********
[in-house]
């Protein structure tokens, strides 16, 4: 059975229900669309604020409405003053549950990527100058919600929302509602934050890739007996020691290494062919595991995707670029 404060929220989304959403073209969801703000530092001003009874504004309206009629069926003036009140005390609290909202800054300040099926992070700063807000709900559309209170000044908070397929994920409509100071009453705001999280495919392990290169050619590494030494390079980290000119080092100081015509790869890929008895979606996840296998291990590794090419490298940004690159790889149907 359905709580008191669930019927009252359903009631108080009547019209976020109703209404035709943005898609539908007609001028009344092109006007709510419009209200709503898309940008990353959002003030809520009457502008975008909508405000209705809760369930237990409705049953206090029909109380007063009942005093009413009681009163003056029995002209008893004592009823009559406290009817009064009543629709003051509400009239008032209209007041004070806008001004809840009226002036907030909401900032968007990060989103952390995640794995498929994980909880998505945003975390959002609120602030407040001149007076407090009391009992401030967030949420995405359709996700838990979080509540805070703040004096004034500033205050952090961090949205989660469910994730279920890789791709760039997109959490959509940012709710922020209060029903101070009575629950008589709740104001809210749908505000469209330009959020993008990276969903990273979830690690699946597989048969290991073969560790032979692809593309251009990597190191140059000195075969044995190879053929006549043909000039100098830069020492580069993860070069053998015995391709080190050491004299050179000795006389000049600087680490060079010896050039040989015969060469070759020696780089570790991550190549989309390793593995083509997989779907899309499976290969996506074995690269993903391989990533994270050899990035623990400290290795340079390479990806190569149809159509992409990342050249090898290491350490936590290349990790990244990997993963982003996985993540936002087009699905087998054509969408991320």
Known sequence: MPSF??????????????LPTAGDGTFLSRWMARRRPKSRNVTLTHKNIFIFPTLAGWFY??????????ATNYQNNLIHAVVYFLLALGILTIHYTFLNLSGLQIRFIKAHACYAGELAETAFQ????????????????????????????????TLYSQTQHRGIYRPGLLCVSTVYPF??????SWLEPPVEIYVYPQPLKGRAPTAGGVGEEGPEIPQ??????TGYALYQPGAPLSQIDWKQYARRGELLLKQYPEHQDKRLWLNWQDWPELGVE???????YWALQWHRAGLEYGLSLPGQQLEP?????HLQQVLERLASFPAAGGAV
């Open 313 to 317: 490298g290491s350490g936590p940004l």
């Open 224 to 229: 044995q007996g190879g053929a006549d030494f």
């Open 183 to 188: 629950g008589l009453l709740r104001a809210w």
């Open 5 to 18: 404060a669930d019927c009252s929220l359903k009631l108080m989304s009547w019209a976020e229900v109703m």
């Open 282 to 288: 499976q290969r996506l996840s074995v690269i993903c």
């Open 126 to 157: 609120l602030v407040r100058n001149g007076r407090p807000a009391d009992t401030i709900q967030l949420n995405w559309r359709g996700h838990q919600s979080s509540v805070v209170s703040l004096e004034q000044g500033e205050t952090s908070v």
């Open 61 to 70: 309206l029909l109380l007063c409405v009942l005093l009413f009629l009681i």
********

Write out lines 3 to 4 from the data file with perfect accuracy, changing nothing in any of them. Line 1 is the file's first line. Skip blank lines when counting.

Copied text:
Known sequence: MPSF??????????????LPTAGDGTFLSRWMARRRPKSRNVTLTHKNIFIFPTLAGWFY??????????ATNYQNNLIHAVVYFLLALGILTIHYTFLNLSGLQIRFIKAHACYAGELAETAFQ????????????????????????????????TLYSQTQHRGIYRPGLLCVSTVYPF??????SWLEPPVEIYVYPQPLKGRAPTAGGVGEEGPEIPQ??????TGYALYQPGAPLSQIDWKQYARRGELLLKQYPEHQDKRLWLNWQDWPELGVE???????YWALQWHRAGLEYGLSLPGQQLEP?????HLQQVLERLASFPAAGGAV
């Open 313 to 317: 490298g290491s350490g936590p940004l």